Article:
Fearing a long recession in the coming months, many companies have reduced the pace of their production.
The ISM index, which measures activity in the sector, stood at 48.4% compared to 49% in the previous month.
The decline is much bigger than expected: Analysts had expected a rate of 48.5%, according to a consensus compiled by Briefing.com.
Any mark on this index below 50% indicates a significant decline in activity.
The index fell to 49%, down 1.2 percentage points from October’s level (50.2%). This is the fifth consecutive decline recorded by the manufacturing sector in the US, which went into contraction in November.
An index below 50% indicates a contraction of activity.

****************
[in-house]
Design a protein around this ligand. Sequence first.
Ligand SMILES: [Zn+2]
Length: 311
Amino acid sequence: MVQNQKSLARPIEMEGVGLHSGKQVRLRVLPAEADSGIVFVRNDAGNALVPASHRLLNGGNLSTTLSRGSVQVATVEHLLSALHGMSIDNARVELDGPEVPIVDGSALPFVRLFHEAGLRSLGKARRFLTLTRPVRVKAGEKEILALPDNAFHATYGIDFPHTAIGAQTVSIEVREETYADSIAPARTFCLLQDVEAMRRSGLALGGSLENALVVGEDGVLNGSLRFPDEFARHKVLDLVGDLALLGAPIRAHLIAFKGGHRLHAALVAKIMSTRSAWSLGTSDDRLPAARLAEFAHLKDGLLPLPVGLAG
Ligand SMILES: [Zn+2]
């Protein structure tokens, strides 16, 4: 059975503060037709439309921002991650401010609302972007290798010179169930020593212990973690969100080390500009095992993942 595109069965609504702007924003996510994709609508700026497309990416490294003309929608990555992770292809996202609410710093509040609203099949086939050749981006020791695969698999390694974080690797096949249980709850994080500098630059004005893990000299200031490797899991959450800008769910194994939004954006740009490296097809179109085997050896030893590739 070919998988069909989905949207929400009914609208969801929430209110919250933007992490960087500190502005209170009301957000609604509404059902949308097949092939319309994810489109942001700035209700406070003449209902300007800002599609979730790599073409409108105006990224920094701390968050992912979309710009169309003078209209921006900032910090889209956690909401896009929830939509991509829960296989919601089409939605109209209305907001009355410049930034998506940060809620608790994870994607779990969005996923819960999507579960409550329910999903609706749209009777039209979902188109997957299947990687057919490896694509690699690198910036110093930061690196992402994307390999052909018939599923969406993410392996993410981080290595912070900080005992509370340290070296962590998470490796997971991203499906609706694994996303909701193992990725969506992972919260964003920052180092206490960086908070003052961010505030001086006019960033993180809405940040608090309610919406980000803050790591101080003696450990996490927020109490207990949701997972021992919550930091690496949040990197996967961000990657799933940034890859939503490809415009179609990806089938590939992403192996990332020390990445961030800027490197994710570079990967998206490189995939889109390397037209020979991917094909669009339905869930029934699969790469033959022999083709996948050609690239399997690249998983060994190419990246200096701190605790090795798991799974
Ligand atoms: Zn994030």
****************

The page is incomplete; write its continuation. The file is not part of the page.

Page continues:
That’s a bigger decline than analysts had anticipated, according to analyst consensus compiled by specialty site Briefing.com, who forecast 49.8% for ISM manufacturing.
For its part, manufacturing activity in the United States was down 6.2 points since August, falling to -9.9 points, a measure indicating a clear contraction in activity. Analysts had expected a positive figure of 2.3 points.
In August, the country registered the second biggest decline in manufacturing activity in its history.
“Factories began to normalize activity in response to a fall in demand in the context of rising interest rates,” he said. Rubella Farooqi, chief economist at High Frequency Economics, said higher interest rates to combat inflation make consumer and investment credit more expensive and cool the economy.